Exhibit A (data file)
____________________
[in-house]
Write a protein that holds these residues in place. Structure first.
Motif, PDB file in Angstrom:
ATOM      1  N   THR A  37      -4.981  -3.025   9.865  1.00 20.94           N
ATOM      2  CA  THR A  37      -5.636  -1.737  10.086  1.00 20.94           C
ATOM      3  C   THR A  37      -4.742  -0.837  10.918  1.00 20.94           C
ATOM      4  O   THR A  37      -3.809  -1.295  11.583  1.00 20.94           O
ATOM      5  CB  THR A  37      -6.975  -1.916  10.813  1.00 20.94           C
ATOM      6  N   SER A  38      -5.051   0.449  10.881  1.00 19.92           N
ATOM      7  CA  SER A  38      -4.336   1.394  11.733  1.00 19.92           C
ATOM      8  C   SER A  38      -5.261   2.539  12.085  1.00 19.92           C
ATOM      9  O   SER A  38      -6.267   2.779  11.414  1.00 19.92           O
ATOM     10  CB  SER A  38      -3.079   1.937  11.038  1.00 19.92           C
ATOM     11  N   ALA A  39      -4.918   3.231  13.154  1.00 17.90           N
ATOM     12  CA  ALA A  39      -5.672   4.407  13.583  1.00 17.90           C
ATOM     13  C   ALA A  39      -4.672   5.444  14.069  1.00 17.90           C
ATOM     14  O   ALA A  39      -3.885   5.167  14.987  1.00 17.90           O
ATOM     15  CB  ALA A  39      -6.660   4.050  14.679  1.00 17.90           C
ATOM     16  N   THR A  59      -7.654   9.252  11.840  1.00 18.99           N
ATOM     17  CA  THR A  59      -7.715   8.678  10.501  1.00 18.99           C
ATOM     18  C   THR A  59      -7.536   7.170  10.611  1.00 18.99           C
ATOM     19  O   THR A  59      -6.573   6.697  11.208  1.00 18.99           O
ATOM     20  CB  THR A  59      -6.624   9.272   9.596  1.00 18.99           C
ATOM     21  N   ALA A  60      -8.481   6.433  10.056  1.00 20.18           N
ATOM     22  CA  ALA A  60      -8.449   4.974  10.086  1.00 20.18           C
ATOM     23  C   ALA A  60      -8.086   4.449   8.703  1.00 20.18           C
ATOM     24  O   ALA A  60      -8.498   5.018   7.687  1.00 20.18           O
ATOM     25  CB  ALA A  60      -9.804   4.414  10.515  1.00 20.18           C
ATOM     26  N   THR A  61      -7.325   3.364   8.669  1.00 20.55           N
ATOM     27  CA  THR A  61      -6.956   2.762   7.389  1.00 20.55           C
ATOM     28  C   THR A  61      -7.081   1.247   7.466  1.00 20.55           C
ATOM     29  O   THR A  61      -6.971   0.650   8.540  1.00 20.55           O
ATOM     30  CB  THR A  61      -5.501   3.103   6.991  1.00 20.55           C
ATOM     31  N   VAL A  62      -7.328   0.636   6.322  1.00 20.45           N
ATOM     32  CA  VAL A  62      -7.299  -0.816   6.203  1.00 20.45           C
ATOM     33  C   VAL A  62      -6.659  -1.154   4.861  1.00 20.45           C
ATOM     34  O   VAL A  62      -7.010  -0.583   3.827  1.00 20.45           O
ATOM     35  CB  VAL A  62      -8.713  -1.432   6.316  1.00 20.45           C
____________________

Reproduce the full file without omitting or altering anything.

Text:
[in-house]
Write a protein that holds these residues in place. Structure first.
Motif, PDB file in Angstrom:
ATOM      1  N   THR A  37      -4.981  -3.025   9.865  1.00 20.94           N
ATOM      2  CA  THR A  37      -5.636  -1.737  10.086  1.00 20.94           C
ATOM      3  C   THR A  37      -4.742  -0.837  10.918  1.00 20.94           C
ATOM      4  O   THR A  37      -3.809  -1.295  11.583  1.00 20.94           O
ATOM      5  CB  THR A  37      -6.975  -1.916  10.813  1.00 20.94           C
ATOM      6  N   SER A  38      -5.051   0.449  10.881  1.00 19.92           N
ATOM      7  CA  SER A  38      -4.336   1.394  11.733  1.00 19.92           C
ATOM      8  C   SER A  38      -5.261   2.539  12.085  1.00 19.92           C
ATOM      9  O   SER A  38      -6.267   2.779  11.414  1.00 19.92           O
ATOM     10  CB  SER A  38      -3.079   1.937  11.038  1.00 19.92           C
ATOM     11  N   ALA A  39      -4.918   3.231  13.154  1.00 17.90           N
ATOM     12  CA  ALA A  39      -5.672   4.407  13.583  1.00 17.90           C
ATOM     13  C   ALA A  39      -4.672   5.444  14.069  1.00 17.90           C
ATOM     14  O   ALA A  39      -3.885   5.167  14.987  1.00 17.90           O
ATOM     15  CB  ALA A  39      -6.660   4.050  14.679  1.00 17.90           C
ATOM     16  N   THR A  59      -7.654   9.252  11.840  1.00 18.99           N
ATOM     17  CA  THR A  59      -7.715   8.678  10.501  1.00 18.99           C
ATOM     18  C   THR A  59      -7.536   7.170  10.611  1.00 18.99           C
ATOM     19  O   THR A  59      -6.573   6.697  11.208  1.00 18.99           O
ATOM     20  CB  THR A  59      -6.624   9.272   9.596  1.00 18.99           C
ATOM     21  N   ALA A  60      -8.481   6.433  10.056  1.00 20.18           N
ATOM     22  CA  ALA A  60      -8.449   4.974  10.086  1.00 20.18           C
ATOM     23  C   ALA A  60      -8.086   4.449   8.703  1.00 20.18           C
ATOM     24  O   ALA A  60      -8.498   5.018   7.687  1.00 20.18           O
ATOM     25  CB  ALA A  60      -9.804   4.414  10.515  1.00 20.18           C
ATOM     26  N   THR A  61      -7.325   3.364   8.669  1.00 20.55           N
ATOM     27  CA  THR A  61      -6.956   2.762   7.389  1.00 20.55           C
ATOM     28  C   THR A  61      -7.081   1.247   7.466  1.00 20.55           C
ATOM     29  O   THR A  61      -6.971   0.650   8.540  1.00 20.55           O
ATOM     30  CB  THR A  61      -5.501   3.103   6.991  1.00 20.55           C
ATOM     31  N   VAL A  62      -7.328   0.636   6.322  1.00 20.45           N
ATOM     32  CA  VAL A  62      -7.299  -0.816   6.203  1.00 20.45           C
ATOM     33  C   VAL A  62      -6.659  -1.154   4.861  1.00 20.45           C
ATOM     34  O   VAL A  62      -7.010  -0.583   3.827  1.00 20.45           O
ATOM     35  CB  VAL A  62      -8.713  -1.432   6.316  1.00 20.45           C